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This article is about liothyronine as a pharmaceutical drug. For its role as a hormone, see Triiodothyronine.
Liothyronine sodium
Liotironina sódica3D.png
Systematic (IUPAC) name
sodium (S)-2-amino-3-[4-(4-hydroxy-3-iodophenoxy)-3,5-diiodophenyl]propanoate
Clinical data
Trade names Cytomel
AHFS/ monograph
MedlinePlus a682462
Pregnancy cat.
Legal status
Pharmacokinetic data
Protein binding 99.7%
Half-life 2.5 days
CAS number 6893-02-3 YesY
ATC code H03AA02
PubChem CID 16218759
IUPHAR ligand 2634
DrugBank DB00279
ChemSpider 17346129 YesY
PDB ligand ID T3 (PDBe, RCSB PDB)
Chemical data
Formula C15H11I3NNaO4 
Mol. mass 672.96 g/mol
 N (what is this?)  (verify)

Liothyronine is a form of thyroid hormone used to treat hypothyroidism and myxedema coma. It is marketed as the sodium salt under the brand name Cytomel (or Tertroxin in Australia).


Liothyronine is the most potent form of thyroid hormone. As a salt of triiodothyronine (T3), it is chemically similar and pharmacologically equivalent to T3. As such, it acts on the body to increase the basal metabolic rate, affect protein synthesis and increase the body's sensitivity to catecholamines (such as adrenaline) by permissiveness. The thyroid hormones are essential to proper development and differentiation of all cells of the human body. These hormones also regulate protein, fat, and carbohydrate metabolism, affecting how human cells use energetic compounds.

In comparison to levothyroxine (T4), liothyronine has a faster onset of action as well as a shorter biological half-life, which may be due to less plasma protein binding to thyroxine-binding globulin and transthyretin.


Physicians can use this instead of or in addition to levothyroxine (T4) for patients undergoing thyroid withdrawal. When a patient has thyroid cancer or Graves' disease, ablation therapy with radioactive iodine (131I) can be used to remove any trace thyroid tissue. For 131I therapy to be effective, the trace thyroid tissue must be avid to iodine. The best method is to starve the tissue of iodine but this can lead to hypothyroid symptoms for the patient. Withdrawal from levothyroxine can be done but it takes six weeks of withdrawal for the remaining thyroid tissue to be completely starved. Six weeks is needed owing to levothyroxine's long half life. Six weeks can be inconvenient for the patient and delay treatment. Liothyronine instead can be taken and withdrawn from for two weeks to starve the thyroid tissue. This is much safer and more convenient than levothyroxine. Also, due to its quicker onset of action when compared to levothyroxine, it sometimes is a better option in patients with myxedema coma or in patients preparing for 133I therapy for thyroid cancer.[1]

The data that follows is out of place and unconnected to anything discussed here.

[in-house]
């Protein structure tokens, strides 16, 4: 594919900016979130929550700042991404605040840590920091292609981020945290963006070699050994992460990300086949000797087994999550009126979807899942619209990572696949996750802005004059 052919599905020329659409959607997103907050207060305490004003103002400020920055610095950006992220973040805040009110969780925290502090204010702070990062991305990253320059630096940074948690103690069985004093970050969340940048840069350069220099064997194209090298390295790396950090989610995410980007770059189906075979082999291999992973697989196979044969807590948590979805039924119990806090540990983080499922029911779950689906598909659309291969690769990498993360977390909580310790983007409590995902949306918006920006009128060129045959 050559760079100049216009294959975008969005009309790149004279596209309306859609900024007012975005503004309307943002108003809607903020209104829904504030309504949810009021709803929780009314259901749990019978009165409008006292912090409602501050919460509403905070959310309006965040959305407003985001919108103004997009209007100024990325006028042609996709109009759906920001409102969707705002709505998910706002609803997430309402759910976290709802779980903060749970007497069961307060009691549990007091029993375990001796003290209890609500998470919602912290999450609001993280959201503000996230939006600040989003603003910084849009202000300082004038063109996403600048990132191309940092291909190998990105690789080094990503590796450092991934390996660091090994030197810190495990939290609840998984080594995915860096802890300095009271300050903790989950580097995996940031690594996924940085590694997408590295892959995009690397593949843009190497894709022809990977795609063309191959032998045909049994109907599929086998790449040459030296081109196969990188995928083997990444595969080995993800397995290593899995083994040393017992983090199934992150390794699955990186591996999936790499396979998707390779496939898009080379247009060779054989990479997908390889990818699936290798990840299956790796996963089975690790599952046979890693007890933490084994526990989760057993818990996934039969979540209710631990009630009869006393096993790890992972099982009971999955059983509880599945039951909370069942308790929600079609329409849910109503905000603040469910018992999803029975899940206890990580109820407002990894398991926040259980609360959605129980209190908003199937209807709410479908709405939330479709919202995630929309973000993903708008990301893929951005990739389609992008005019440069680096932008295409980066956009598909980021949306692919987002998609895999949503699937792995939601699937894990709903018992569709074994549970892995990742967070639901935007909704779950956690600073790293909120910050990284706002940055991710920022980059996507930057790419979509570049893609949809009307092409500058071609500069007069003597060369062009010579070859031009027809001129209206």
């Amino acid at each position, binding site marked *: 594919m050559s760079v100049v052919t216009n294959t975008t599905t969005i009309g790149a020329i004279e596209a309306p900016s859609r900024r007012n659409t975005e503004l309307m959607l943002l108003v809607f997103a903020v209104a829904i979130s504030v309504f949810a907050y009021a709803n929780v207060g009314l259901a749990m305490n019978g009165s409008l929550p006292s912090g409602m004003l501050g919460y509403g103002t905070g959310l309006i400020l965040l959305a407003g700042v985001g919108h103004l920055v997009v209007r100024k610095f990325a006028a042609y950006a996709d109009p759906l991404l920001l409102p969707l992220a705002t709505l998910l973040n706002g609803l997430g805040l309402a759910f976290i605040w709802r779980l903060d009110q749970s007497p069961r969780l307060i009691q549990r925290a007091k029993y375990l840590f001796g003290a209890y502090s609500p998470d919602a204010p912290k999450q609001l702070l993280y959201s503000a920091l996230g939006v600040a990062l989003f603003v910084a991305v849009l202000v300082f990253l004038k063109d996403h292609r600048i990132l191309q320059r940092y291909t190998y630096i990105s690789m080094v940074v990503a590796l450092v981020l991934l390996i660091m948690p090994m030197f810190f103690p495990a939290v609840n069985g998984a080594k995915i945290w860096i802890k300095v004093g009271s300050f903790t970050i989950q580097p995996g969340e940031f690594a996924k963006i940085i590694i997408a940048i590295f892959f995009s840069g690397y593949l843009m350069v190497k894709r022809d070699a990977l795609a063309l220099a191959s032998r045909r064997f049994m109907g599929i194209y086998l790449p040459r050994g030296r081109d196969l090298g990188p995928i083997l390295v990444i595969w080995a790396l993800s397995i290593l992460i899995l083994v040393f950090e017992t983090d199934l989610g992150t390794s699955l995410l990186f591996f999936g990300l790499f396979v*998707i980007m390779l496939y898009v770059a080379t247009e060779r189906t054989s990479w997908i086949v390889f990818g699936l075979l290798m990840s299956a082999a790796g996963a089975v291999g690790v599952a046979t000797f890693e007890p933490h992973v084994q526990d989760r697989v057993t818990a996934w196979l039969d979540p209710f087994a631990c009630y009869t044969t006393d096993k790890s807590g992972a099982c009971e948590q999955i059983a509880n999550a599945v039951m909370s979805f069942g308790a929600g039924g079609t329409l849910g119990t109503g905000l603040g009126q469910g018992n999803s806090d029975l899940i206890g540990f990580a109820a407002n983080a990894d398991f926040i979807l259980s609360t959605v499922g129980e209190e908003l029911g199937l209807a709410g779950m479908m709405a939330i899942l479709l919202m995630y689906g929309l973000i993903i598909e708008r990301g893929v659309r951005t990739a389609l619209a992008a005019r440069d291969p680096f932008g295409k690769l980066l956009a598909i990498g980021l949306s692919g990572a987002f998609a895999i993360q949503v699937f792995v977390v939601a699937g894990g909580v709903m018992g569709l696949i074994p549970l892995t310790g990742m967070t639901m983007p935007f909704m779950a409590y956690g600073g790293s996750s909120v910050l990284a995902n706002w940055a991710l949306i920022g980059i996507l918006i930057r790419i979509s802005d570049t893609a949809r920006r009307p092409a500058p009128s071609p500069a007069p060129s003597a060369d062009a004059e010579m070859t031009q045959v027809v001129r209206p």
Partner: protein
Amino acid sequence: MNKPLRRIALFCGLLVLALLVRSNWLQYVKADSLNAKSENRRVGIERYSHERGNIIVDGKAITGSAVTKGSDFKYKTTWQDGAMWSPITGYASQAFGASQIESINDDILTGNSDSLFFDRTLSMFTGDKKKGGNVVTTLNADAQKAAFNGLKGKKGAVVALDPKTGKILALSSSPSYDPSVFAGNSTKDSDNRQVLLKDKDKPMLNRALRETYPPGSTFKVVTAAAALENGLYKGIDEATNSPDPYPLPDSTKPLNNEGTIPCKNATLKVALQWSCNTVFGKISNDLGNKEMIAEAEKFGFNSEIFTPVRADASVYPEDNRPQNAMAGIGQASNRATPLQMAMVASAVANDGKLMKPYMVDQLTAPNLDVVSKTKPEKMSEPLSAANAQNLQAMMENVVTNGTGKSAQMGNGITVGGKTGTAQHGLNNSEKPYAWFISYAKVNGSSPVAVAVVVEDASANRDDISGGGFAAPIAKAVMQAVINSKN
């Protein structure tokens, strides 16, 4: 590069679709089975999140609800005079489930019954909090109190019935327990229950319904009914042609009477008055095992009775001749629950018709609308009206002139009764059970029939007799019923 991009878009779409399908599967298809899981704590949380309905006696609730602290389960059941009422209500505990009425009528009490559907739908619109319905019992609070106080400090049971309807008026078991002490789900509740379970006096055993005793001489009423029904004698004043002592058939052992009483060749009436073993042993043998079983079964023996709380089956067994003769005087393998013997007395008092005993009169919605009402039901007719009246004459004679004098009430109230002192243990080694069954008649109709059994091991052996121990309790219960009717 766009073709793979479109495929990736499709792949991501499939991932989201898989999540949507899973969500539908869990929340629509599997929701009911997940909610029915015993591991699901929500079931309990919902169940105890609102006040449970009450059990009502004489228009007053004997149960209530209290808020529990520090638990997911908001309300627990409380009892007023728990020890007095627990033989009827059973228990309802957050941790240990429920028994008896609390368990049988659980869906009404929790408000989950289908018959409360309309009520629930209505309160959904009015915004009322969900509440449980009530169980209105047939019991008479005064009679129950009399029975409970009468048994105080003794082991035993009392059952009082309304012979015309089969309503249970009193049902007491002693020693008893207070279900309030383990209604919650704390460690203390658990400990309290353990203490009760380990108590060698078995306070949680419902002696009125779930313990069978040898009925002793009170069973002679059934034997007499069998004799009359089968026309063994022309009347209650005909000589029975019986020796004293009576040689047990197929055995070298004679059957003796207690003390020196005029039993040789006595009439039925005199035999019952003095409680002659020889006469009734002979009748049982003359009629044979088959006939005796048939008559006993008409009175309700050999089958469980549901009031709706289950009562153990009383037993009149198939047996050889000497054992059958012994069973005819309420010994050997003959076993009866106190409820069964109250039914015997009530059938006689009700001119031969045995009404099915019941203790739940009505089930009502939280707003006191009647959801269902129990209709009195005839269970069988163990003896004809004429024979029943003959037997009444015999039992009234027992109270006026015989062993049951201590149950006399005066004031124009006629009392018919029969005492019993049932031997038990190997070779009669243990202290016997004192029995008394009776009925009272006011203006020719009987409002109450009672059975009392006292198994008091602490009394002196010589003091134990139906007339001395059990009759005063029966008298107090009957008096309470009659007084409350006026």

Side effects[edit]

Liothyronine may cause a number of side effects, mostly similar to symptoms of hyperthyroidism, which include:[2]

  • weight loss
  • tremor
  • headache
  • upset stomach
  • vomiting
  • diarrhea
  • stomach cramps
  • nervousness
  • irritability
  • insomnia
  • excessive sweating
  • increased appetite
  • fever
  • changes in menstrual cycle
  • sensitivity to heat

Boxed warning[edit]

The package insert for Cytomel contains the following boxed warning, as do all thyroid hormones:[3]

Drugs with thyroid hormone activity, alone or together with other therapeutic agents, have been used for the treatment of obesity. In euthyroid patients, doses within the range of daily hormonal requirements are ineffective for weight reduction. Larger doses may produce serious or even life-threatening manifestations of toxicity, particularly when given in association with sympathomimetic amines such as those used for their anorectic effects.

See also[edit]


  1. ^
  2. ^ MedlinePlus. "Liothyronine." Last accessed July 14, 2007.
  3. ^ Cytomel (Liothyronine Sodium) Drug Information: Warnings and Precautions - Prescribing Information at RxList, retrieved on 14-April-2014

External links[edit]